Bright things are happening, even in the seeming darkness of winter.
We have experienced some wonderful, uplifting and beautiful acts during the pandemic. It is easy to focus on the hardships that the last year has brought us, but there are such good things that have come this year too! The community support and building each other up has been a true testament to our resilience.
This is not something that we would normally publish on our blog, but then again this has not been a normal time. We wanted to share something uplifting and happy, something that would remind us that kindness exists.
This is a real magical Christmas story that will make you feel good!
Do you remember the fairy tales from Hans Christian Andersen that look like a regular story about ordinary people, but suddenly turn into extraordinary twists and turns, making you believe in magic? This is the type of story that I am going to tell you, dear friends.
When we are at the end of the story, we shall know more than we know now. But for now, let us begin.
After months of slow upticks in coronavirus cases, it looks as though the winter is bringing with it a new wave of cases and a new reality for us to face. Safety has to be our priority, and so we find ourselves having to step back and restock how fencing training will go forward.
This process has been long and exhausting, but we are in it together. Fencing is helping so many to get through the hardest parts of this pandemic – it is a touchstone that helps us to make sense of a world that keeps changing. COVID restrictions are coming back with a vengeance as numbers rise, and we have to find ways to keep fencing. We cannot lose faith.
Think like a fencer amid new reality
Perhaps the hardest part of all of this is the inability to know what to do. As fencers, we like to know exactly what is going on and how to move forward with our training. We have come to rely on the regularity of our classes and our competition season to craft goals that move us to where we want to go. Though we cannot control the outcome of a match, we have always been able to control our preparation.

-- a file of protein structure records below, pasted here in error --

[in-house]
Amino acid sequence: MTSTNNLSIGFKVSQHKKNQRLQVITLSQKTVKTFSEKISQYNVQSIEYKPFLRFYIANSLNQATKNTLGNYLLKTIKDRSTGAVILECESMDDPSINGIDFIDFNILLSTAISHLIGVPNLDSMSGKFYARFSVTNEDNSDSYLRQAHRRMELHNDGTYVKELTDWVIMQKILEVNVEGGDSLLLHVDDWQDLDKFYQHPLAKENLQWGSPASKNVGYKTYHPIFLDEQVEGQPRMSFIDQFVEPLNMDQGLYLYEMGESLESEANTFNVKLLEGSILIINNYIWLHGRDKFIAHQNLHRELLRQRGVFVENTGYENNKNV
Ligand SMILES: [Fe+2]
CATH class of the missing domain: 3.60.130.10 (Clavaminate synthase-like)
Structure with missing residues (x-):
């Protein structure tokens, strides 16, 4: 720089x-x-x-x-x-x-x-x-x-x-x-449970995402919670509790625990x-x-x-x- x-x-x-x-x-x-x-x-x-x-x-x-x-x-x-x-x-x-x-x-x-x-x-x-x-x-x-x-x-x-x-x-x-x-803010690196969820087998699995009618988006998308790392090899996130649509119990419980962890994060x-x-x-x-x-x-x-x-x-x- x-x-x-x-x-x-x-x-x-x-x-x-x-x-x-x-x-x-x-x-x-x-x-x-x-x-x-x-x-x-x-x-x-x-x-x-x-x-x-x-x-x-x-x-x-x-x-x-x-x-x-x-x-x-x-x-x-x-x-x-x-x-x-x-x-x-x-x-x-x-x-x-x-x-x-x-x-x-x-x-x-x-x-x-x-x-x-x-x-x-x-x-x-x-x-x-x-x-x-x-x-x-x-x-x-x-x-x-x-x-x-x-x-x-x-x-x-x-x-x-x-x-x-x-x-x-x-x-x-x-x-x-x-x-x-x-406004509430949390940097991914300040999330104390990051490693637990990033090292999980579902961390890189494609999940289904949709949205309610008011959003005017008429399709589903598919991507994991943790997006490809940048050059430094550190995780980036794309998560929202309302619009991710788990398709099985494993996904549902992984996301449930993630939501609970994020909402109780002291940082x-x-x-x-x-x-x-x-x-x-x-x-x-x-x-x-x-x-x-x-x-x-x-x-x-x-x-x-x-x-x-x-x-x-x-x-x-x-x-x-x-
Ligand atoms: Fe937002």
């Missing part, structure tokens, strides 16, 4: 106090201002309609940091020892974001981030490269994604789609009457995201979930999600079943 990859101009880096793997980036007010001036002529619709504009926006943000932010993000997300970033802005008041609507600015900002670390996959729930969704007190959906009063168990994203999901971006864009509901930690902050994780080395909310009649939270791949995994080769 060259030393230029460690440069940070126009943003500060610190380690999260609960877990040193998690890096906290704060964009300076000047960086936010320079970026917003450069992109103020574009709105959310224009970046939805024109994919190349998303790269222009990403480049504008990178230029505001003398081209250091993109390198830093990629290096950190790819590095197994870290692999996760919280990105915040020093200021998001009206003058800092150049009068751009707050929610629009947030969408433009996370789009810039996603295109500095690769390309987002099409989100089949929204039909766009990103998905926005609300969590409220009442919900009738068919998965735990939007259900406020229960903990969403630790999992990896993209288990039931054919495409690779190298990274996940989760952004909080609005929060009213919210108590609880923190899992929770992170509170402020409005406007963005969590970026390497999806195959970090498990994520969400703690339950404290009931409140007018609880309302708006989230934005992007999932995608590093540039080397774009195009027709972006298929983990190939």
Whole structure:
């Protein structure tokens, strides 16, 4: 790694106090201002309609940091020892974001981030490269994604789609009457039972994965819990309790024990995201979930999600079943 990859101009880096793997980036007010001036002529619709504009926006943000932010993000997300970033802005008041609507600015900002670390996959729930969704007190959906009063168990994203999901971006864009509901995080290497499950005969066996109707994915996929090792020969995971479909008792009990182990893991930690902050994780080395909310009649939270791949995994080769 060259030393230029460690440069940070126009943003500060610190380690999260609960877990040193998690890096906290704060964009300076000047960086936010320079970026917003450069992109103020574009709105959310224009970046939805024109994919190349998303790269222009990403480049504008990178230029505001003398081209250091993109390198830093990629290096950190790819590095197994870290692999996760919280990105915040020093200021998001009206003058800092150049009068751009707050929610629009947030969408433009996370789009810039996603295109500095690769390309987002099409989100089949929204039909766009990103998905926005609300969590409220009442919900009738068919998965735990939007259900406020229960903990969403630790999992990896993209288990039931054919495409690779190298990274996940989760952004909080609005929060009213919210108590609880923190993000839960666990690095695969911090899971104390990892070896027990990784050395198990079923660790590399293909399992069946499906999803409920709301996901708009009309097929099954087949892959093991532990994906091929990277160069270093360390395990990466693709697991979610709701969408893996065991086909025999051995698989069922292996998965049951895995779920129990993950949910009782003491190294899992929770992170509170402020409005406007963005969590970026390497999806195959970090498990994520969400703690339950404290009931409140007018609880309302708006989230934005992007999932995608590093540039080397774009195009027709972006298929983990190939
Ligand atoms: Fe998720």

That’s not something that we can do right now. We can’t know that we’ll be able to fence in our clubs or go to tournaments. We can’t know that there will be major competitions to prepare for, or when things might return to some kind of normal. We can’t even count on consistent forward progress.
Alan Buchwald is a true long distance fencer. Not only has he been fencing for many years with tremendous success, but he is also fencing from a long distance thanks to the coronavirus pandemic. This veteran fencer continues to inspire me every day, and oftentimes I mention his name in discussions about persistence and goal setting.
These are difficult times for everyone. For some of us, they are definitely more difficult. 2020 has been a year that has turned the whole world upside down, and it’s easy to get caught up in all of that and forget who you are and why you’re here training.
The older we get, the more understanding we have of how time and events work. Turbulent times have come before, but if you’ve never experienced that then this can all seem like the end of the world. I don’t think it is. I think it’s the beginning of a new and better world. One thing that I find helpful is to look towards people like Alan who have more experience and a longer vision. It keeps me going.
Good role models matter
I recently saw a post from a very good young fencer who publicly notified the whole fencing community about her intention to quit the sport, right at the top of her career. It resonated with the fencing community because many young fencers are feeling this kind of deep uncertainty about the future. While it’s possible that her decision had nothing to do with the pandemic, the timing is impossible to ignore. It got kids messaging each other about the future in fencing being less than bright for them, that this might be a good time to step back from training and rethink fencing. The whole scenario evoked a sadness for me. I saw the influence in my own children, and in other fencers at our club. They questioned the rigor of what we did, of what we continue to do, and they were upset at the loss of a member of their community.
It’s a situation that is difficult to navigate, for everyone. It’s both incredibly complex and also shockingly simple. Staying positive is the key. That’s simple. How to stay positive, that’s the complex part.